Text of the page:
Taking advantage of the demographic bonus
We pointed out the emerging problems of ageing based on the latest projections of population in the July 1 column – Dr. Indralal de Silva’s study – “Beyond Twenty Million: Projecting the Population of Sri Lanka 2001-2081”, published by the Institute of Policy Studies (IPS). These projections indicate a rapid ageing of the country’s population especially after the next decade. The ageing of population is fast becoming the trend even in countries such as India that had a high population increase. It has of course been a phenomenon in developed countries such as the US and Canada and many of the European countries.
However the rapidity of the ageing process in Sri Lanka is unprecedented in world history. The burdens of ageing could be very heavy for a poor country.
Developed countries have adopted reforms in pension and retirement schemes, increased the age of retirement (some provinces in Canada even doing away with a mandatory retirement age) and have expanded institutionalised elderly care. Medical services have placed an increasing emphasis on the illnesses associated with the elderly with geriatrics being of special importance in health care. The pertinent issue is whether the country is sufficiently aware of the emerging problems and the need to put in place new initiatives to deal with the problems of ageing.
An excellent example of awareness of this problem comes from the little island state of Malta where the Prime Minister has stated the issues clearly and stressed the need for action. Addressing a conference on ageing, the Prime Minister, Lawrence Gonzi said that a large majority of the world’s nations are experiencing a demographic explosion of their senior populations. He pointed out that by the middle of the century, as much as 22 per cent of the global population would be made up of people aged 60 years or over, up from today’s 11 per cent. In fact Sri Lanka’s aged population by this time would be much higher.
He made the significant observation of relevance to Sri Lanka that “This exponential increase is a clear sign that the old methods of senior care will not do and that change and innovation are needed. More so, although each country must tackle the problems posed by the ageing of its population largely on its own, it must first strive to learn from the experiences that other countries have had in implementing novel systems of elderly care and to take on board whatever has been successful and fits its unique circumstances.”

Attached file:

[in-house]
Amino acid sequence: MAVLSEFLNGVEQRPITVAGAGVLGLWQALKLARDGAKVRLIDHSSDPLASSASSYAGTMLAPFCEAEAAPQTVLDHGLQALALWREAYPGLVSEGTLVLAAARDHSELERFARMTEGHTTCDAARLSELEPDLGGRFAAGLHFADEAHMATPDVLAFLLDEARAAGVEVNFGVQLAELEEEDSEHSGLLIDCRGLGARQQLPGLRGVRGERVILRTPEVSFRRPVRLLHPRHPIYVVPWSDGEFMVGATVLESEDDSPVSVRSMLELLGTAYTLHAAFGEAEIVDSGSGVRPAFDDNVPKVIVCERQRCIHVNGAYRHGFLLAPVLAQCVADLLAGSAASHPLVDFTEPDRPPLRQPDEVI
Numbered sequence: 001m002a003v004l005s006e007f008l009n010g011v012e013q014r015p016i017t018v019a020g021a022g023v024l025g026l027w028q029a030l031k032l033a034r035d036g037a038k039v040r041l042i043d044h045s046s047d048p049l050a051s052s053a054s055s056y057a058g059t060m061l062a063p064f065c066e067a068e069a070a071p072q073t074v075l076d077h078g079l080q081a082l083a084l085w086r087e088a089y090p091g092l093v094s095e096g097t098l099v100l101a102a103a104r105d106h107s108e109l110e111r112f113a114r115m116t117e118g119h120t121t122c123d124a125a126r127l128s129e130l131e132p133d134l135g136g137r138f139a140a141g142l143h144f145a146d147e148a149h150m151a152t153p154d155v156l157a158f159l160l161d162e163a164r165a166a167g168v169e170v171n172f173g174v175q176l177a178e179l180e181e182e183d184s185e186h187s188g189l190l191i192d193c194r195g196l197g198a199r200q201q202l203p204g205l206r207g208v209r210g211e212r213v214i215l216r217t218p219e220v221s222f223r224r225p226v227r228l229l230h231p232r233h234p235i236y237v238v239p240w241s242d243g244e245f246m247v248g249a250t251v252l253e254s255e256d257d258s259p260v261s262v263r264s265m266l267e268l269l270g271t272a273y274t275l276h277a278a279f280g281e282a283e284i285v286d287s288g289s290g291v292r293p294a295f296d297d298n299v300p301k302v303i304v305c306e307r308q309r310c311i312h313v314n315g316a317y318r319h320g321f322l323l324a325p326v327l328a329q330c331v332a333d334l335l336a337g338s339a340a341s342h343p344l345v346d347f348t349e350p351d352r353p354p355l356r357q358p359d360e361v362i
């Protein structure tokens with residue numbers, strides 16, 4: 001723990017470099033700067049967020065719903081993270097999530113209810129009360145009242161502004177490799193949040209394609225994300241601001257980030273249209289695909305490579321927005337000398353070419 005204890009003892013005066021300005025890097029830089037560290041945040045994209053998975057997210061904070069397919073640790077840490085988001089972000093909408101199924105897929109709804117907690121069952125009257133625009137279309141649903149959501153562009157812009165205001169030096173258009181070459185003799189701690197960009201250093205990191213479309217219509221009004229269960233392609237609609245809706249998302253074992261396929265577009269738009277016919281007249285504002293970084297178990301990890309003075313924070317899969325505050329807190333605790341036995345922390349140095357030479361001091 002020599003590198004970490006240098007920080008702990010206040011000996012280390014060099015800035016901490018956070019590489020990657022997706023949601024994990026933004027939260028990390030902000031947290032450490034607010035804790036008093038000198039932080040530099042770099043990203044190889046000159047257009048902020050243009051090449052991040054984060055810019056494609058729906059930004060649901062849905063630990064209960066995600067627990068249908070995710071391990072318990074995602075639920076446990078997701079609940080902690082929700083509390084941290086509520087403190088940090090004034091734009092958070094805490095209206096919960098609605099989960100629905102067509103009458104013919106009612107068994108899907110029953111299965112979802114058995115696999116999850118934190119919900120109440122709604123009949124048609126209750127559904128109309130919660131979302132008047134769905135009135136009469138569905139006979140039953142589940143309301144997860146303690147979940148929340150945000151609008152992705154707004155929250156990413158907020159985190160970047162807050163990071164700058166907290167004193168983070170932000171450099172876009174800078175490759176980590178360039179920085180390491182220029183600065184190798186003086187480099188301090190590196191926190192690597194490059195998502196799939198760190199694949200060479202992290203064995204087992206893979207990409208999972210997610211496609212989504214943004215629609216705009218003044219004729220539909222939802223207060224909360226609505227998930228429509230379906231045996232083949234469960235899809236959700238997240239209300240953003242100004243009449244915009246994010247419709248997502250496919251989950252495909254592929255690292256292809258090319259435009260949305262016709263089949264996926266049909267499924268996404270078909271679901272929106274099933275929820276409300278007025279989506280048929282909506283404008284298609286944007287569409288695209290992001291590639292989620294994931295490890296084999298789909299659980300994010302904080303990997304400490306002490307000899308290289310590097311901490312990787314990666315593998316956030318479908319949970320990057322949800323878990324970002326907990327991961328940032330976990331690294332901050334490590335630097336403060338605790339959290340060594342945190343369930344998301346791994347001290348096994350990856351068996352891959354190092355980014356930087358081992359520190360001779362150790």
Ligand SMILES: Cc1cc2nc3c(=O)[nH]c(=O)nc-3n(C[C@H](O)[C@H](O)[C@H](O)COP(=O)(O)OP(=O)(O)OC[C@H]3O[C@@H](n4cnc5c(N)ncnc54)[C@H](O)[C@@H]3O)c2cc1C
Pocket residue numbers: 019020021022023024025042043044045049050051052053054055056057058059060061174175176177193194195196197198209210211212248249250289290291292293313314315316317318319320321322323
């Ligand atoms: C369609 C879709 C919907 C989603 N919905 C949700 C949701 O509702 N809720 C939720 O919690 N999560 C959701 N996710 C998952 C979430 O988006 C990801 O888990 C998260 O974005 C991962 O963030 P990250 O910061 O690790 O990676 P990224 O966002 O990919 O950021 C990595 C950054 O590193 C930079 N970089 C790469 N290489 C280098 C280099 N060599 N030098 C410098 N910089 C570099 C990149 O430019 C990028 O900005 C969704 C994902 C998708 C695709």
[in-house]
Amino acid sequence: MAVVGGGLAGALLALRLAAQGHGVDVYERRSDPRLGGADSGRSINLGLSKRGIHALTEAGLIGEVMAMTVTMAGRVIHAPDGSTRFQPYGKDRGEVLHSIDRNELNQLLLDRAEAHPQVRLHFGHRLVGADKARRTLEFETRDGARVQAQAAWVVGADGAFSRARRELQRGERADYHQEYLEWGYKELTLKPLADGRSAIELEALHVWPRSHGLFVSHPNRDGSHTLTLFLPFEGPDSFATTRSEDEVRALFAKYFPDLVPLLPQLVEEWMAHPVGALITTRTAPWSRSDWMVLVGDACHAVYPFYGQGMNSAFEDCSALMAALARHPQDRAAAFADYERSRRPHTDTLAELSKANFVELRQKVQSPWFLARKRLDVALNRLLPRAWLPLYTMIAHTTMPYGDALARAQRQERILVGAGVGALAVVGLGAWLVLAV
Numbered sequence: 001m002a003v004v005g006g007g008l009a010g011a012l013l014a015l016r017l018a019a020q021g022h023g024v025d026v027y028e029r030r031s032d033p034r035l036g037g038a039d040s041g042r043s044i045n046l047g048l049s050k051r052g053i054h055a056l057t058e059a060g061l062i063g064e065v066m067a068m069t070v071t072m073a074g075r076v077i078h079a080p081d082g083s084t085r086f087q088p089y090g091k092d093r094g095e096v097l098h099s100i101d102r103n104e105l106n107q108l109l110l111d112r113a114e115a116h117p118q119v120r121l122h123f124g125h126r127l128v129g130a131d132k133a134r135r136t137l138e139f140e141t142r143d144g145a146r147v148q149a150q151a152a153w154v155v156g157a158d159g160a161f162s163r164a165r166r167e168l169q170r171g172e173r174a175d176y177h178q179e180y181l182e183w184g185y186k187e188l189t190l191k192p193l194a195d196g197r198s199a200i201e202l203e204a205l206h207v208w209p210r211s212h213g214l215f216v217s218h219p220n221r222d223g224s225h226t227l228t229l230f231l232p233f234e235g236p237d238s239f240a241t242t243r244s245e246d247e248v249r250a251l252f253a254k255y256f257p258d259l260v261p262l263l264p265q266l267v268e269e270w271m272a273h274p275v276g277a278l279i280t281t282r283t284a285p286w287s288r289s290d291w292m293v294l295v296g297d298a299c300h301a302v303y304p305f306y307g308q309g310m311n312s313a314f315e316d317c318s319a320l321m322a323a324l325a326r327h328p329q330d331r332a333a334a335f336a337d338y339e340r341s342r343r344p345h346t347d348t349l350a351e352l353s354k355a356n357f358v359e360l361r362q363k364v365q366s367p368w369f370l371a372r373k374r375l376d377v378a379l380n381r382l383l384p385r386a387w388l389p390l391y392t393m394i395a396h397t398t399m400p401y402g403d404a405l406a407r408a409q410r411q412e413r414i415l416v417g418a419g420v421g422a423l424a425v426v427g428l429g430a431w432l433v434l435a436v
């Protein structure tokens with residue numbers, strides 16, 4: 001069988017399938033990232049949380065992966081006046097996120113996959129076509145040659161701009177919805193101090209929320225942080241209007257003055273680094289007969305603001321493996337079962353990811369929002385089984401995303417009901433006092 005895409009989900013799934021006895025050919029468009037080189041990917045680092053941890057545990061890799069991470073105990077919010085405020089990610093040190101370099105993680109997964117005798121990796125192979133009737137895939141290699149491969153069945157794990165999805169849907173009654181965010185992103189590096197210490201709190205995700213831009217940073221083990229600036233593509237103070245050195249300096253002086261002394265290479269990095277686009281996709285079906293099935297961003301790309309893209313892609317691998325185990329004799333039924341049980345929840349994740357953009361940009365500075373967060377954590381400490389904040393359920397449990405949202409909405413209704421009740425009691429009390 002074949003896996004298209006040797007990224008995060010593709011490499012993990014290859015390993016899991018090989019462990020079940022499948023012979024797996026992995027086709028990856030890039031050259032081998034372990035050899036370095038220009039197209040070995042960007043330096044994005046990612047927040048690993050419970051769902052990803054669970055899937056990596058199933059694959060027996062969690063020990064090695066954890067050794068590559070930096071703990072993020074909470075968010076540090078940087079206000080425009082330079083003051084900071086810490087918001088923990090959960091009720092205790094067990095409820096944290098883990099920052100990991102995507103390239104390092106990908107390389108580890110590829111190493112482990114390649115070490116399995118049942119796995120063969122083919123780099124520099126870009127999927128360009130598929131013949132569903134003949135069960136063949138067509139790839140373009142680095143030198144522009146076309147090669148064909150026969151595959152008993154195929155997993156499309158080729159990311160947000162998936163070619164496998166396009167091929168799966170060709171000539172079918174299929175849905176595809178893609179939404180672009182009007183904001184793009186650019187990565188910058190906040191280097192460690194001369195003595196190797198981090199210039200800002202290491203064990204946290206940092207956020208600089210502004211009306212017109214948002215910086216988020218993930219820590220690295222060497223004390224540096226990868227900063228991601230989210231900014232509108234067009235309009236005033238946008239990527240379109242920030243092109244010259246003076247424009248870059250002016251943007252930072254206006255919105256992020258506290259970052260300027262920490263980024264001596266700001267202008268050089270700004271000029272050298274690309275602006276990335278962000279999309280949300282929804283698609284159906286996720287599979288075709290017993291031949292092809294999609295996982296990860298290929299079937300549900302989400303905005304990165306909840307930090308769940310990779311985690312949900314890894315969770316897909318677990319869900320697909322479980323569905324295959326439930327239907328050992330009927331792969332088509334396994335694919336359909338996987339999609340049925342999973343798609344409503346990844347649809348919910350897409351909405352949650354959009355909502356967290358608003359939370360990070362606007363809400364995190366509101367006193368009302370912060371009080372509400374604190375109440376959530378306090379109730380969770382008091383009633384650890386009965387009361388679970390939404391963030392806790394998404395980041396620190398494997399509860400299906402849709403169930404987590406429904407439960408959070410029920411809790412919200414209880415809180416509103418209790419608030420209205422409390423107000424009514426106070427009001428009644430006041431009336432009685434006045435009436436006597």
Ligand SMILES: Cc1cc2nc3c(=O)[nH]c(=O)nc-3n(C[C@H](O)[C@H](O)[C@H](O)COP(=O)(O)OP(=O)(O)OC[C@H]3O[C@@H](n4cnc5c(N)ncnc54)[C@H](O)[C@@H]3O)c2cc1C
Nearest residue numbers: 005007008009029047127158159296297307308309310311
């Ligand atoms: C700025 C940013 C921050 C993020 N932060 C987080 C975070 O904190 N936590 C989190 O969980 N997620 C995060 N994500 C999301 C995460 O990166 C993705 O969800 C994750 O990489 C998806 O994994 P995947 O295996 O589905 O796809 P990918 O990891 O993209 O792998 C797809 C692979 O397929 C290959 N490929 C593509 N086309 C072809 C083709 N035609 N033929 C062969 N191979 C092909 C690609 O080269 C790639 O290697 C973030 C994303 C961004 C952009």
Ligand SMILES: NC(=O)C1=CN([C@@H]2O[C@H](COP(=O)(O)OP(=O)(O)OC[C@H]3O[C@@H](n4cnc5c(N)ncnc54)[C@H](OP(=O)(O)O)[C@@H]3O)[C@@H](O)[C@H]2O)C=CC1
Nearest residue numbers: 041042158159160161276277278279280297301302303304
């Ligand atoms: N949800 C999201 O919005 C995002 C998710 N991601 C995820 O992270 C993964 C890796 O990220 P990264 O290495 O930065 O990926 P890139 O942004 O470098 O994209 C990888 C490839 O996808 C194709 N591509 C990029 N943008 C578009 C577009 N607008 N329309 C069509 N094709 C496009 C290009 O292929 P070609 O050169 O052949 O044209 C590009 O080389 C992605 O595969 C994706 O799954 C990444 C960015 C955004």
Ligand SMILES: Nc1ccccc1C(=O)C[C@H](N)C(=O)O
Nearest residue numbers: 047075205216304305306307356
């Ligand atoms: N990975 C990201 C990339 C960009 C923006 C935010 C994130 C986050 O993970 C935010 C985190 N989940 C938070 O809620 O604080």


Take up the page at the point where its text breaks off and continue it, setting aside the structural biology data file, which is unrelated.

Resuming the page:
Both value and expediency he said must be the guiding principles of any service that is provided. “By value I mean the dignity of the elderly who must not be looked upon as the embodiment of a social problem that needs to be dealt with but as human persons whose condition we must do our utmost to improve”, Dr Gonzi argued. “Together with demographic pressures, it was clear that a better recognition of such dignity has been a decisive factor in the development of senior care in the Western world. The idea of person-centred care, though not yet universally practised, was now a staple feature of modern discourse on senior care. In practice, this has resulted in countries moving their systems of senior care away from the practice of institutionalisation of the elderly towards a new approach in which care is provided in the community and directly at the senior citizen’s home. This doesn’t mean, however, that institutions like residential homes and nursing homes have no place in a modern system of senior care, or that they should be seen as a necessary evil in cases of severe dependency.”
The capacity of Sri Lanka to realise the potential benefits of the demographic transition and to mitigate the negative effects of ageing depends essentially on the policy and institutional environment that is created. Unless the government and civil society take measures to mitigate the emerging problems, the advantages of a slow growing and stable population would be lost. The actions have to be taken now or the burdens of the ageing population could be a serious disadvantage to the country’s economy and society.
There are several obstacles to the country taking the necessary measures. First and foremost, the fiscal stringency that the government is going through leaves little resources for investment in the health care of the elderly. The required investment in education and training of medical staff is high. Finding such funds with an ongoing war is almost impossible.
Second, reforms that are needed in the working age and retirement benefits are likely to be postponed or receive scant attention as it is not an immediate problem but one of the consequence soon. The country’s progress in many fields is being blocked by a culture of anti-reform. Any suggestion of an extension in the retirement age is likely to face political protest. Similarly changes in contributions to pension funds and retirement benefits are likely to be resisted.
The care of the elderly would require a large amount of state assistance even though community based organisations are even at present helping. The woeful inadequacy of state assistance to elderly homes is self-evident from the fact that certain homes get a paltry Rupees 300 per resident. New homes require to be established and funded well if the growing number of elderly is to be taken care of. The thrust in public expenditure would have to take on the role as it did for free education from 1942.
Unfortunately the economic conditions then and now are very different. Delays in investing for the care of the elderly can ruin the advantages of a slow growing population for economic growth and social advancement. There should be a public clamour to move governments to adopt correct policy measures and to implement them effectively. Meanwhile the community itself must redouble its efforts to care for the elderly.